Earlier this year, we learned through the work of the Mosquito Fleet, a climate action group that focuses on kayactivism and on-the-water action, that pipe for the Trans Mountain Pipeline Expansion (TMX) Project was being shipped by from India through our local port in Vancouver, Washington, and then onto rail for its final destination in British Columbia. Through our direct action, we were able to shut down the rail-line that is being used to transport pipe for TMX for an entire day, and further delay its construction and the flow of tar sands oil to global markets. If built, TMX would transport an additional 590,000 barrels of toxic, heavy crude oil every day from the Alberta Tar Sands to the shores of British Columbia. This boost in export shipments would cause a 700% increase in oil tankers in the Salish Sea, threaten endangered Orca whales, and violate the rights and sovereignty of First Nations across Canada. As such, this pipe, which is larger than the controversial Keystone XL Pipeline, is opposed by Indigenous communities throughout the region, whose local waters, lands, and way of life stands to be directly impacted by project construction and the risk of an oil spill. Moreover, the pipeline poses a grave threat, not only to communities throughout the Salish Sea and interior Canada, but to the very stability of our global climate.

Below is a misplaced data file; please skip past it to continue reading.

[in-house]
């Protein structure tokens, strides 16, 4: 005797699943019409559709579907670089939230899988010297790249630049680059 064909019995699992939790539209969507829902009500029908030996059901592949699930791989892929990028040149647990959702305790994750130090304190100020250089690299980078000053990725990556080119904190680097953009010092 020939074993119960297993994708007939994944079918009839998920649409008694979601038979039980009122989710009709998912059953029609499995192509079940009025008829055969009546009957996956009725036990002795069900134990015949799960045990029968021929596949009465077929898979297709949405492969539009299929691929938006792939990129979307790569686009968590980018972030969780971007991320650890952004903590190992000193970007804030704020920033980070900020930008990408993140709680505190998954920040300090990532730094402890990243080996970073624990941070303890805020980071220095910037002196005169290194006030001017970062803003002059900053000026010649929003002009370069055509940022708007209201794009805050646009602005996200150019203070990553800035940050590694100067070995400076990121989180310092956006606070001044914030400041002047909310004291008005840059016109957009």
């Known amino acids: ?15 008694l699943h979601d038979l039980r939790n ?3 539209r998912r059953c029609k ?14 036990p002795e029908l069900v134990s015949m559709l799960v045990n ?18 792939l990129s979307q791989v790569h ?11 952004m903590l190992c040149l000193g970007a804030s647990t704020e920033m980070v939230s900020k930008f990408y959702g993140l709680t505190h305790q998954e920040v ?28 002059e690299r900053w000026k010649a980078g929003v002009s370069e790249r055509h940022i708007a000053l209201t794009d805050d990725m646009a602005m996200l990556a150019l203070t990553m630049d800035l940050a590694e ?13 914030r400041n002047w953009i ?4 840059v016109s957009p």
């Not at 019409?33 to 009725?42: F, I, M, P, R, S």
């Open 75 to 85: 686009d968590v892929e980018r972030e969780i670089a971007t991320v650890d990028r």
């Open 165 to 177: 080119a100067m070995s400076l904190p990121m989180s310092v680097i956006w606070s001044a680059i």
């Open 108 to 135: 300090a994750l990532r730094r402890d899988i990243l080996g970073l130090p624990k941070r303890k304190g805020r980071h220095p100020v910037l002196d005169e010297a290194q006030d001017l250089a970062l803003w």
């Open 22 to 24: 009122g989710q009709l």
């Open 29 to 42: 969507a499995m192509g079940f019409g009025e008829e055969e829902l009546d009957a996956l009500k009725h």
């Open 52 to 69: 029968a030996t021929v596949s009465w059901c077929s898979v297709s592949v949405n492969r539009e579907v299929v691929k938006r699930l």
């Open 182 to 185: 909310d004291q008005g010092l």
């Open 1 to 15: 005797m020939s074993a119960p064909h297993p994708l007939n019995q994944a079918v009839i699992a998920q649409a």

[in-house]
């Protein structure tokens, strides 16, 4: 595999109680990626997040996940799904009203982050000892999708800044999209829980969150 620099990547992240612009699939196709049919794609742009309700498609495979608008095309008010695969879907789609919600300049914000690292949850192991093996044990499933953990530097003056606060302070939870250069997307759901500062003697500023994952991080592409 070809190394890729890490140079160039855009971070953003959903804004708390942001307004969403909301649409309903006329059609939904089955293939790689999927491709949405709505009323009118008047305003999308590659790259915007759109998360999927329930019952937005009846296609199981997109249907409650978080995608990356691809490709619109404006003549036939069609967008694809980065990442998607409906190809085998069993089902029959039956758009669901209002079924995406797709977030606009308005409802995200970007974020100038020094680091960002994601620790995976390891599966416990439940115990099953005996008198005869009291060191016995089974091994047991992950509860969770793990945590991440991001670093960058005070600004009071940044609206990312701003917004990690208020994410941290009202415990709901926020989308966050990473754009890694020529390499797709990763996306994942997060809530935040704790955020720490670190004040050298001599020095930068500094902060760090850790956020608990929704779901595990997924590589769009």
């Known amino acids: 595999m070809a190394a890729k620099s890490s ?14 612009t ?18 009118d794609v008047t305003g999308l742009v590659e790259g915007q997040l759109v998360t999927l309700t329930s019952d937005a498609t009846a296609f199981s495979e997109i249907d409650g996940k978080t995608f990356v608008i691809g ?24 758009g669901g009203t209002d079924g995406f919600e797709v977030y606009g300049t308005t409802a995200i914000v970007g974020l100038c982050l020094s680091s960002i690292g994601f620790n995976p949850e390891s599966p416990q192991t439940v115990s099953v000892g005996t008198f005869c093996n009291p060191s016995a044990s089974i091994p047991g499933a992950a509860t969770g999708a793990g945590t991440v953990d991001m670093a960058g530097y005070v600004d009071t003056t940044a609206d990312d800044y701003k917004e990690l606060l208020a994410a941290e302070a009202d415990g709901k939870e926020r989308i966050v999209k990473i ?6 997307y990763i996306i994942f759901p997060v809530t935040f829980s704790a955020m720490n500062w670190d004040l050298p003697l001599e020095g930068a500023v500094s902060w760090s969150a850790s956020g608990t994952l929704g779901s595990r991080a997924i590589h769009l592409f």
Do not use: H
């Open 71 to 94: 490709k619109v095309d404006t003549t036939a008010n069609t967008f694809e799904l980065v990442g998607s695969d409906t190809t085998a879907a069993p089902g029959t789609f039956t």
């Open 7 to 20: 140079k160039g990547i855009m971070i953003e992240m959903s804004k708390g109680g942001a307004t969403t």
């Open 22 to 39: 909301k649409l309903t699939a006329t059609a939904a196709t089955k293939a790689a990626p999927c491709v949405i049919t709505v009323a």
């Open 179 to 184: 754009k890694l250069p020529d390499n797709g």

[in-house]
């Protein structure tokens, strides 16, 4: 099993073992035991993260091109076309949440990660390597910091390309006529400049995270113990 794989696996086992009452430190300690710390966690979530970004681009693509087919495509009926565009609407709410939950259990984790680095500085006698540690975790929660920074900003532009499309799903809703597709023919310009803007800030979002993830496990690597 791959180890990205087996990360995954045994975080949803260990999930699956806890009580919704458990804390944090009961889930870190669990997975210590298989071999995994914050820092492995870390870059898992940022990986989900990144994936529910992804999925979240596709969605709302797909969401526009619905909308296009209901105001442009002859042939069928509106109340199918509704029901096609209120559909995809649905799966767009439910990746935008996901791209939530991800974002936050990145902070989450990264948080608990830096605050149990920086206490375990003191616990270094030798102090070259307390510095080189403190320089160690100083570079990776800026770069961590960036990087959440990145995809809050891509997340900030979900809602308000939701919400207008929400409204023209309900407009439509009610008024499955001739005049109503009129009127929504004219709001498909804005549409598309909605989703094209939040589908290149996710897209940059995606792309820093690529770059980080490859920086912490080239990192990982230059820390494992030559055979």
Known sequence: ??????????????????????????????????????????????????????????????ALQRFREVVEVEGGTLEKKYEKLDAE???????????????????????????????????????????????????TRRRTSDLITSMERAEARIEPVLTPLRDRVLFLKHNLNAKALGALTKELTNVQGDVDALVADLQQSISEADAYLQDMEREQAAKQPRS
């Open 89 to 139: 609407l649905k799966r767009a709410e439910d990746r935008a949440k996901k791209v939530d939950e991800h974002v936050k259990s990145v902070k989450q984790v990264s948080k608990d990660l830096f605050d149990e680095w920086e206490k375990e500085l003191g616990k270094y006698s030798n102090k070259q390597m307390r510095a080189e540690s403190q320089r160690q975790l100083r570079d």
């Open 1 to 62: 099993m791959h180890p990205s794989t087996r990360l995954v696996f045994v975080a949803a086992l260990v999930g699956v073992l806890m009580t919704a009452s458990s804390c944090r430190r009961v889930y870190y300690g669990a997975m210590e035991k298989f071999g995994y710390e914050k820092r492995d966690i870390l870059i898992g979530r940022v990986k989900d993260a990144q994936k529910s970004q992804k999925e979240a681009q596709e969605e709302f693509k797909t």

That is why we will fight to stop the shipment of this pipeline by any means necessary. That is why we stand in solidarity with the Indigenous tribes whose unceded territory is directly threatened by this pipeline. That is why we stand in solidarity with the marginalized demographics the world over that are already experiencing the impacts of the climate crisis first-hand. That is why we stand in solidarity with the Port of Vancouver workers and the Vancouver Longshoreman’s Union who have fought against fossil fuel infrastructure in their port for decades. That is why we refuse to stand idly by and watch this machinery of destruction roll through our community unchallenged.